Private equity-backed Knights is acquiring Darbys Solicitors in a deal that will create a top 100 firm with more than 300 professionals across seven offices and a total turnover of around £40m.

The acquisition is expected to complete in early January, with Darbys transferring to the Knights Professional Services brand.

The deal is the first major acquisition by Knights since it received a cash injection from Hamilton Bradshaw, the private equity house backed by entrepreneur and former Dragons’ Den investor James Caan, in 2012.

The deal is thought to have been the first into a purely commercial law firm, with earlier private equity injections such as Quindell Portfolio’s £19.31m acquisition of Liverpool firm Silverbeck Rymer constituting investments in firms with significant consumer practices.

“Culturally we felt this was the perfect fit for both businesses in terms of client services, expertise and geographical coverage,” Knights managing partner David Beech said. “It’s our first major stepping stone, it puts us on the radar and by acquiring another business clearly demonstrate what we can do with our platform.”

Both Knights and Darbys feature in this year’s UK 200: the Independents report, which focuses on the second 100-largest law firms in the UK, with a turnover range of between £7.5m to £20.9m.

Last year Darbys was number 144 in the revenue table while Knights was joint 119th. As a result of this deal Knights, which is targeting an organic 2015/16 turnover of around £25m, will enter next year’s top 100 ranking at around number 65.

Knights’ revenue stood at £9.4m in 2012/13 but rocketed to £12.36m in 2013/14, a rise of 31 per cent. Growth was even more impressive in 2014/15, with revenue hitting £16.5m last year,
 a 33.4 per cent increase. Four-office firm Darbys’ turnover has grown from £7.5m in 2009 to £12.85m in 2014.

Average revenue per lawyer (RPL) at both firms was similar in 2014/15. At Knights RPL was £168,000 last year while at Darbys it was £177,000.

Last year Knights had a total of 175 fee-earners of whom 98 were qualified lawyers while Darbys had 109 fee-earners of whom 73 were qualified.

Property and landed estates work is a major component of both firms’ practices, with real estate being the single largest contributor to both firms’ income.

Notably Knights worked with Hogan Lovells for 11 years on the Mexican Wave property-related project for the Prudential as well as similar real estate and commercial assignments for other law firms looking to outsource matters to lower-cost regional outfits.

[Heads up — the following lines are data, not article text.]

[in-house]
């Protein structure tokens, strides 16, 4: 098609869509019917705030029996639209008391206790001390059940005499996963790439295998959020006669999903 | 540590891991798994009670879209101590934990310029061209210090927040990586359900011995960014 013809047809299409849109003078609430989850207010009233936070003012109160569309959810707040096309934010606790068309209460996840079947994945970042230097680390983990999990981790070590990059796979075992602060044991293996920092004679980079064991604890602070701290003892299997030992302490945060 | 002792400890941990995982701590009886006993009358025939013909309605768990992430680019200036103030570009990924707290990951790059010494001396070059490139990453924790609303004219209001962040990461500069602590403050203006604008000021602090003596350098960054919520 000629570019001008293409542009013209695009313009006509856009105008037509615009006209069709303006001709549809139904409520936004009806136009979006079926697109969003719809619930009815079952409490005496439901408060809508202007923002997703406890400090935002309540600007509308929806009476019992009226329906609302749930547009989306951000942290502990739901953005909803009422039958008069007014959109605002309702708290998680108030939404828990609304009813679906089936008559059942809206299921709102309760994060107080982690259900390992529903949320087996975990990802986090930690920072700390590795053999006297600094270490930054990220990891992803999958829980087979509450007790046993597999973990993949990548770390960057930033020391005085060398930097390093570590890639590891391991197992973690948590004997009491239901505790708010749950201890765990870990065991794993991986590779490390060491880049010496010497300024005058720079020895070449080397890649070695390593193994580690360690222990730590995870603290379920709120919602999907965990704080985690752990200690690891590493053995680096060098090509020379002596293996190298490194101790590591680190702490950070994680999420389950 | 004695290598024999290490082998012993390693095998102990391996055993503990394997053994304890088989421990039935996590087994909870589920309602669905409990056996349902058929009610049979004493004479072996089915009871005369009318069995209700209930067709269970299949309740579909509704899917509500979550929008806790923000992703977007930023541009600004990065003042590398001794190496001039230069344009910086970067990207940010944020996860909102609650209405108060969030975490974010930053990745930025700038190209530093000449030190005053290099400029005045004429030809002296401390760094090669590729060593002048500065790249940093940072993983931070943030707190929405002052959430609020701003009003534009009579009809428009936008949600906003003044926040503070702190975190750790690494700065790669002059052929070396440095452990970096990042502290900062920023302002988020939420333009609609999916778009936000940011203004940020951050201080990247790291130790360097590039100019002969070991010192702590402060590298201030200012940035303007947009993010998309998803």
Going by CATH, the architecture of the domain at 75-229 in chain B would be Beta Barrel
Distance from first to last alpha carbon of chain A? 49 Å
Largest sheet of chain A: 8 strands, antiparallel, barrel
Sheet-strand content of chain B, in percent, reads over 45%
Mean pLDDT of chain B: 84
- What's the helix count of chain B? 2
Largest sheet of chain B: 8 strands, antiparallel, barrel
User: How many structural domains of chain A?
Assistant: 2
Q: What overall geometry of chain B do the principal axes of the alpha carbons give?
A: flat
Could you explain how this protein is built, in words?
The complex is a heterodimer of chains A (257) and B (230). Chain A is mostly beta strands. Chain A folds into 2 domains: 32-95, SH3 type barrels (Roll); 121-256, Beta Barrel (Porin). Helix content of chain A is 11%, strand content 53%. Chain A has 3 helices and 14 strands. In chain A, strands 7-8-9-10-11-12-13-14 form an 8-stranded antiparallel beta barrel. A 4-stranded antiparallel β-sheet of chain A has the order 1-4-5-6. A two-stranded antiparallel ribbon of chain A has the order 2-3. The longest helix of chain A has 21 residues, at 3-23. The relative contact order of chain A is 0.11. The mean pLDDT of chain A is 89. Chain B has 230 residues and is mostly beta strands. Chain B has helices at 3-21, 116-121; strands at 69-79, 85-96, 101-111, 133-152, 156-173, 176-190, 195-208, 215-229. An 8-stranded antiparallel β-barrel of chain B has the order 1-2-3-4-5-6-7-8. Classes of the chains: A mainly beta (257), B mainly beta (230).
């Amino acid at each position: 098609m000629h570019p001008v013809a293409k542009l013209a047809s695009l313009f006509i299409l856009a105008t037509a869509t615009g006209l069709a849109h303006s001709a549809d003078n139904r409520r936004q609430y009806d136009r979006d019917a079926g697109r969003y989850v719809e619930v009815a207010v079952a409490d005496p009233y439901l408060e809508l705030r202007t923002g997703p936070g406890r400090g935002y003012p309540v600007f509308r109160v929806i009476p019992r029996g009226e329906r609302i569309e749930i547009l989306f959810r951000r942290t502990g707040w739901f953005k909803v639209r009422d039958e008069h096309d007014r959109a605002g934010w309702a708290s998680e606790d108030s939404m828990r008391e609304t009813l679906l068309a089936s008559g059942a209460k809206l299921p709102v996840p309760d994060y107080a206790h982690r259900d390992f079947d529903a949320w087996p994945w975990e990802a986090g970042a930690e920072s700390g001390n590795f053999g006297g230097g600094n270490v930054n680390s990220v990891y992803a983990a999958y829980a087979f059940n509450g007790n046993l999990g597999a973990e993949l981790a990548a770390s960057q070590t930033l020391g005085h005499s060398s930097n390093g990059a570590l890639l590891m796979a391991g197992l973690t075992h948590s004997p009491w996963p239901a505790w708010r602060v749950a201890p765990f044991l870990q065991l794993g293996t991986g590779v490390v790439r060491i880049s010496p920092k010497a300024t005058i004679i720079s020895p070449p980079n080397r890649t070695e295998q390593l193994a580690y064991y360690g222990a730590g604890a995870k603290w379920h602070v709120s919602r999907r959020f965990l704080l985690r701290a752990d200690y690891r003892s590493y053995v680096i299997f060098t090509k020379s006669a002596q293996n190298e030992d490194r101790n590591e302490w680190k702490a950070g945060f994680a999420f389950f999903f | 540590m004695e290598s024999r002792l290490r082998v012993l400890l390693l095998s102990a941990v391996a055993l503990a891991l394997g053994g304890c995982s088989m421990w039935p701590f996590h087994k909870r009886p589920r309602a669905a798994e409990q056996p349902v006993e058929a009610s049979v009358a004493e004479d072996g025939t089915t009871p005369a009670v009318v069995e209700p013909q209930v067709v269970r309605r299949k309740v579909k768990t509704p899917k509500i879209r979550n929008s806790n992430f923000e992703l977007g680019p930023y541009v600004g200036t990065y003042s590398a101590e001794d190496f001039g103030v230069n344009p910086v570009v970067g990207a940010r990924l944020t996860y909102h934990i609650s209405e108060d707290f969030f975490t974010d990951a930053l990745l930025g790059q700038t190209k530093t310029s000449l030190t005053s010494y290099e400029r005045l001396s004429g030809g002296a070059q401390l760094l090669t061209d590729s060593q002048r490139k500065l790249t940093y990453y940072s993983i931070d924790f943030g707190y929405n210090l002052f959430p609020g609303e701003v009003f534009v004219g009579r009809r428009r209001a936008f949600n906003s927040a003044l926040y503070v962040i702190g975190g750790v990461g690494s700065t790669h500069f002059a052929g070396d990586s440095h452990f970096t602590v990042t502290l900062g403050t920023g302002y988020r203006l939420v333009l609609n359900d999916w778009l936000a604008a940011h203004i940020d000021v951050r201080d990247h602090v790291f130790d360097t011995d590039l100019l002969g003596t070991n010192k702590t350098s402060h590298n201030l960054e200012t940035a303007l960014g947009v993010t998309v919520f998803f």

Knights’ clients last year included Amey, Chester Zoo, Hanson UK, M&G Real Estate, Merlin Entertainments and Paddy Power while Darbys’ included the Blenheim Estate, Longharbour, MITIE Built Environment and MITIE Technical Facilities Management, the National Crime Officers Association, Oxfordshire County Council and Oxford University.

Darbys currently has four offices: in Oxford where it is headquartered, Thame, Manchester and Colchester. The latter office is home to advice helpline Legal Assistance Direct, which Darbys acquired in 2012, while in 2014 the firm moved its headquarters to new offices in Oxford. Beech said all four offices would be incorporated into Knights.

In the UK 200: the Independents Darbys managing partner Simon McCrum predicted that 2016 would be a “year to watch” for Darbys, adding that the firm’s main growth would be most likely to come through making inroads into new UK regions.

Knights’ Beech said that the merger discussions with Darbys had shown the two firms had “a similar ethos” in respect of working practices. Beech also confirmed that his firm’s deal with Darbys was being seen as a catalyst for the firm’s next period of growth.

“We’ll be looking to continue our acquisition programme throughout 2016 and beyond to pursue our passion to be a leading regional professional services business,” added Beech. “It’s an important part of our strategy to provide integrated solutions to our clients with legal services being part of a wider offering. Future acquisitions and increased recruitment of professionals who seek to join a functional business and cohesive culture are integral to our growth plans.”

As part of this Knights is actively seeking professional services businesses to add to its core law offering including regional accountancy groups, tax specialists and real estate advisory organisations located outside of the major cities of Birmingham, Manchester and Leeds. The firm has also been building a management consultancy arm which Beech said focuses on helping clients to become investor ready.

“That’s gone so well we’d like to expand it quicker by bolting on other businesses,” added Beech.

The firm also hired around half a dozen chartered town planners in Stoke in June 2013 which added to its planning lawyer team and is marketed as a one stop shop for developers.

On 1 May 2014 Knights incorporated the business, moving from LLP to limited company status and rebranding as Knights Professional Services Ltd.